CMS has determined that the evidence is adequate to conclude that arthroscopic lavage alone is not reasonable and necessary for patients with osteoarthritis of the knee; therefore, we intend to issue a national noncoverage determination.
CMS has also determined that the evidence is adequate to conclude that arthroscopic debridement is not reasonable and necessary for patients presenting with knee pain only or with severe osteoarthritis (Outerbridge classification III or IV); therefore, we intend to issue a national noncoverage determination. All other indications of debridement for patients with osteoarthritis of the knee will remain at contractor discretion.
On October 10, 2002, CMS began a national coverage determination process for arthroscopic lavage and/or debridement for the treatment of the osteoarthritic knee.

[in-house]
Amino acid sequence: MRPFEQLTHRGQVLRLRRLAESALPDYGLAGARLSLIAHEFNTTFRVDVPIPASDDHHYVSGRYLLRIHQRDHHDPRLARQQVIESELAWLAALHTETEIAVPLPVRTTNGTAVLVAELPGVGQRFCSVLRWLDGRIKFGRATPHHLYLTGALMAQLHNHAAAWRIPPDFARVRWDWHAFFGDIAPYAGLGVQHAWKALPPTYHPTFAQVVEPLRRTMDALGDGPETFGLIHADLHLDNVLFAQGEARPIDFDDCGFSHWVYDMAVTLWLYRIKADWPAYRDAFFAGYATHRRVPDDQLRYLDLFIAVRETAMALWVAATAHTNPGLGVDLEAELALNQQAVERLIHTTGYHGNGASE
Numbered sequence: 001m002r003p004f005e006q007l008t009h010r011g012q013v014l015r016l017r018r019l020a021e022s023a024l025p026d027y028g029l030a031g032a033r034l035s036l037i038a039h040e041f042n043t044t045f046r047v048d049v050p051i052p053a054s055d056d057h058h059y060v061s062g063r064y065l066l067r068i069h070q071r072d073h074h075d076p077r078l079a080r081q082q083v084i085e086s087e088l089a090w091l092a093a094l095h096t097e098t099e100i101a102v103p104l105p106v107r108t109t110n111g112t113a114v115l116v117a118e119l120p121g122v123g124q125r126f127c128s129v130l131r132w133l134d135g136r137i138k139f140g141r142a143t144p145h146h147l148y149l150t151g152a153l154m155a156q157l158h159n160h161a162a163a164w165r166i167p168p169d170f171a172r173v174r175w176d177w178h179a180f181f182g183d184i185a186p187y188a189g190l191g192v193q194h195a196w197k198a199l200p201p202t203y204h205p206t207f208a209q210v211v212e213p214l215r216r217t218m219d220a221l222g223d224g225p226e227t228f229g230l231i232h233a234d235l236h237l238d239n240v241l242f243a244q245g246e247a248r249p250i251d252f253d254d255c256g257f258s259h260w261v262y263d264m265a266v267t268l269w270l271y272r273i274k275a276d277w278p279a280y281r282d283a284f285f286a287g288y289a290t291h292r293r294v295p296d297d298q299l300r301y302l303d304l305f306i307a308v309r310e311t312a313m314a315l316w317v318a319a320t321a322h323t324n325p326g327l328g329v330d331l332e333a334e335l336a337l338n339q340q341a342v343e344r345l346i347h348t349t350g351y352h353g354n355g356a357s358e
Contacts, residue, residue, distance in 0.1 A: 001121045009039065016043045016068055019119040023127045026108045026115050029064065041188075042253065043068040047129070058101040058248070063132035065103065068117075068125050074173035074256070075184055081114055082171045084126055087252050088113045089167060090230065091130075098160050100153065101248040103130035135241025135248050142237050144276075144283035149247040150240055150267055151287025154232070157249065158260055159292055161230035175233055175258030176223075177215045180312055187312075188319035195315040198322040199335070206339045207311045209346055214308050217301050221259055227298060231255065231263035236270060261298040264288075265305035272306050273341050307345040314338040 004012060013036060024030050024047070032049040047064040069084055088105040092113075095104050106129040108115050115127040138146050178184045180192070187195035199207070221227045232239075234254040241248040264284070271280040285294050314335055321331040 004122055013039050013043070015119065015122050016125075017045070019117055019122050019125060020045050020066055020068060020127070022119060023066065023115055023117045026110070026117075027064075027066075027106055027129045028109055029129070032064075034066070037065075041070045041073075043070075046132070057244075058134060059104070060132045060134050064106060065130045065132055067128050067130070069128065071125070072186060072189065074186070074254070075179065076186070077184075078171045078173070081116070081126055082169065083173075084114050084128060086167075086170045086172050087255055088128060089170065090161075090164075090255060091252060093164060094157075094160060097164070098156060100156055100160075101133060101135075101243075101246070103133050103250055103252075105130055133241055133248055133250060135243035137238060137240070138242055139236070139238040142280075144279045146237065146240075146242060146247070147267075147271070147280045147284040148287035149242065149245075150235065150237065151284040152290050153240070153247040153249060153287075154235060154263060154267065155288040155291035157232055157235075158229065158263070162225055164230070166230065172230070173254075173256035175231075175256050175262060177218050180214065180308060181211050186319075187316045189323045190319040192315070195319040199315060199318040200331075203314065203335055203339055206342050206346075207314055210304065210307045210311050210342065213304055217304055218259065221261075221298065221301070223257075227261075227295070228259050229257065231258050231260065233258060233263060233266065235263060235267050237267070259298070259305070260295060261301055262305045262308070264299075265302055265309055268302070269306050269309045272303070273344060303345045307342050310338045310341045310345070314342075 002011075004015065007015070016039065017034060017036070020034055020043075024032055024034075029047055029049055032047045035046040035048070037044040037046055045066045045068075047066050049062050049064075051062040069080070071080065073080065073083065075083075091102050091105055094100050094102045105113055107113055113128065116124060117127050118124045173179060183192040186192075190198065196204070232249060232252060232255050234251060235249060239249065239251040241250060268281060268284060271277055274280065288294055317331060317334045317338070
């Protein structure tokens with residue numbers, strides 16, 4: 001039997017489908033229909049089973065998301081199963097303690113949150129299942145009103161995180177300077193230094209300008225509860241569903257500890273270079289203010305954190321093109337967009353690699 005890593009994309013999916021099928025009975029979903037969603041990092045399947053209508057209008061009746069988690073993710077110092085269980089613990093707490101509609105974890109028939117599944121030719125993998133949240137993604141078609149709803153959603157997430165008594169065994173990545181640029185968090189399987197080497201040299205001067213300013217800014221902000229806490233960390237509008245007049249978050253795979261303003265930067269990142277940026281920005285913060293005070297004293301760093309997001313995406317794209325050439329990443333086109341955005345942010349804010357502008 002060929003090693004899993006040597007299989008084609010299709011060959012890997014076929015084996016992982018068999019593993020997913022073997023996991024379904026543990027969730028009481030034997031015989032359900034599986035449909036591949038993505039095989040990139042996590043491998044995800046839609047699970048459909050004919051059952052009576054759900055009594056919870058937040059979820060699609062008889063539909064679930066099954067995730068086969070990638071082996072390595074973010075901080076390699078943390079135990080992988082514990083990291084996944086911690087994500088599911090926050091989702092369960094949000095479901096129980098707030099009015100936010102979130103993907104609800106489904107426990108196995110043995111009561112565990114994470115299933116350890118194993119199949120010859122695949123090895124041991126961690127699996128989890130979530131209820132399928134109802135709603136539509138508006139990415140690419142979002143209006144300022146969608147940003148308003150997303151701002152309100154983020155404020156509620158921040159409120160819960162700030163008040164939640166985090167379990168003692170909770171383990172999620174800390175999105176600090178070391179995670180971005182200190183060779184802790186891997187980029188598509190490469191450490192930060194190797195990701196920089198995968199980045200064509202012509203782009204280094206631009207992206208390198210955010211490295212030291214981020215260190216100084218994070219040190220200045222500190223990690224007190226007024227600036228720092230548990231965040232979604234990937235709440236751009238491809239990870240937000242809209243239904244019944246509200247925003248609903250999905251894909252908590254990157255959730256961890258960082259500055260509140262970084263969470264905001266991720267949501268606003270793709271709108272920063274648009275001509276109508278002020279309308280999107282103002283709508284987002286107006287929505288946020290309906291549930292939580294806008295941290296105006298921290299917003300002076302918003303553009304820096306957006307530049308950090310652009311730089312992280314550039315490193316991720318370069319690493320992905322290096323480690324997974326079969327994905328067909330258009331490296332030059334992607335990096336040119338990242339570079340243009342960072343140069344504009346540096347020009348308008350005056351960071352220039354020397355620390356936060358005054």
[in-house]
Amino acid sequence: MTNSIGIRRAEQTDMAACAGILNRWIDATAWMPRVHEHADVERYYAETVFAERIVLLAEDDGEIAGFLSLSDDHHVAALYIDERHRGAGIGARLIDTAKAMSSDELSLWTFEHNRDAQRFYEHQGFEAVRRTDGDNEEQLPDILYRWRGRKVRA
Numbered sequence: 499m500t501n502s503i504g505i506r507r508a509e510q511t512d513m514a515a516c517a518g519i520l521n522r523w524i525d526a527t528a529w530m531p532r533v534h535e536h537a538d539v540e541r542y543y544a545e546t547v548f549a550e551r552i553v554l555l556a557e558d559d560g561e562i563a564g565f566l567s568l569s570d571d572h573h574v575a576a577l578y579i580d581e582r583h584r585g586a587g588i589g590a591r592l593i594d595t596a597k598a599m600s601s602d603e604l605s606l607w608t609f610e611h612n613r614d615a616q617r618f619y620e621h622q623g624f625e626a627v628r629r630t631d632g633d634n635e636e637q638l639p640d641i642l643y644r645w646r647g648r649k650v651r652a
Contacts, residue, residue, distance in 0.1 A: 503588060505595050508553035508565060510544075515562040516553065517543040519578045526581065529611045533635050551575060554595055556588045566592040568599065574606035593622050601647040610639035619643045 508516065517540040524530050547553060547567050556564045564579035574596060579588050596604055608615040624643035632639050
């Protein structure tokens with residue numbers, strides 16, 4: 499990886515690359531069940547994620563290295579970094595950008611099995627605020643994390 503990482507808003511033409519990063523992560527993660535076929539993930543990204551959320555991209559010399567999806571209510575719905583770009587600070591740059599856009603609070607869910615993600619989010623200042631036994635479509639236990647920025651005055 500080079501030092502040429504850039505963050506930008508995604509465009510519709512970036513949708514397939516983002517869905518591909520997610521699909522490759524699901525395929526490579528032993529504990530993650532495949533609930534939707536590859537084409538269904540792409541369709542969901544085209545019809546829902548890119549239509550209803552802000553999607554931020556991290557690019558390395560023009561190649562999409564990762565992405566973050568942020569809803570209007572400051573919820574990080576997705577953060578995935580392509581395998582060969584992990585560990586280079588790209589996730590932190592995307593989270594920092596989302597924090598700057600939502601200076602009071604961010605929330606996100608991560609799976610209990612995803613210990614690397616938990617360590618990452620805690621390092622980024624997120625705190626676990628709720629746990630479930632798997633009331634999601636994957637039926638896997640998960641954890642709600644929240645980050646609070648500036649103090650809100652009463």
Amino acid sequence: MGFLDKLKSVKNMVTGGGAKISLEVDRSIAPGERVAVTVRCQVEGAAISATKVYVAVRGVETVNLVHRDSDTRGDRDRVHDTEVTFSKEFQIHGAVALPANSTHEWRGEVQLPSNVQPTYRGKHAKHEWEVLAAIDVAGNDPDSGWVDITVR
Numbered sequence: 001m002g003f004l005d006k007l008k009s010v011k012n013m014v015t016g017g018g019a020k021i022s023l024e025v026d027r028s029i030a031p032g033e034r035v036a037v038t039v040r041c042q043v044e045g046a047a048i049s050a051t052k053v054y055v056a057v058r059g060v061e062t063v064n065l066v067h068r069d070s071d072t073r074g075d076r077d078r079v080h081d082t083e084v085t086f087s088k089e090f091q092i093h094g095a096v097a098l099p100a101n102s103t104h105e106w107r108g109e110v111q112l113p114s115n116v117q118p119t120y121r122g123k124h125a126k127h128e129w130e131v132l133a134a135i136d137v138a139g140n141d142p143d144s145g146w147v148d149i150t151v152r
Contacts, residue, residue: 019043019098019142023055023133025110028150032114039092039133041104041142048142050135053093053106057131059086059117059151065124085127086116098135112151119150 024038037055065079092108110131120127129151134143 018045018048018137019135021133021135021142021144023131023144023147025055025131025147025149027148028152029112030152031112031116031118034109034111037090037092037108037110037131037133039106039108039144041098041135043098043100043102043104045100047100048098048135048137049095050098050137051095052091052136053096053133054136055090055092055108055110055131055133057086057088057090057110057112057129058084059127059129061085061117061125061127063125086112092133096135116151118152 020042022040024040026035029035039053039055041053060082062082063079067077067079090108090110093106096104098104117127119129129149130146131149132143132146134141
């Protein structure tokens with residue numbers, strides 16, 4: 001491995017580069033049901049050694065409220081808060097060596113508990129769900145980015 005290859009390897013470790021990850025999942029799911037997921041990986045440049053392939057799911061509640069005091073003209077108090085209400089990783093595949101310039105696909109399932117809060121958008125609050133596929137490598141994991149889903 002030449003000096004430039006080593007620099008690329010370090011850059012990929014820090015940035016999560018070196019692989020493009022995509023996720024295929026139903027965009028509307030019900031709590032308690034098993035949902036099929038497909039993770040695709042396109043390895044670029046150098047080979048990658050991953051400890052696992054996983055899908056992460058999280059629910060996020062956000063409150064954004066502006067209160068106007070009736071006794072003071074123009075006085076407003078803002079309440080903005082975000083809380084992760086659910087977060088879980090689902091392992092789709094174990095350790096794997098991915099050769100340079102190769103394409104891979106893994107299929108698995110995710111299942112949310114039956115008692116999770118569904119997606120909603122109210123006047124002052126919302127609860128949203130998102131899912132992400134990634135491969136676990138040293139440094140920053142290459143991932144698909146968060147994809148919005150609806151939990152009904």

There are more than one hundred types of arthritis affecting millions of people.1 Osteoarthritis (OA), one type of arthritis, is a chronic, often painful joint disease. It is the most common joint disease in the United States and affects more than 20 million people.2 Among the elderly population in developed countries, knee OA is the leading cause of chronic disability.3 At this time the etiology of arthritis is not known. Some risk factors have been identified and include older age, obesity, major trauma to the joint area, and repetitive joint use. OA is also more common among older women. Examining the Medicare database for outpatient claims, CMS found that for those beneficiaries with a primary diagnosis code of OA of the lower leg, ankle, and foot, there were 24,516 allowed services for knee arthroscopy performed for the diagnosis of osteoarthritis in the year 2001.4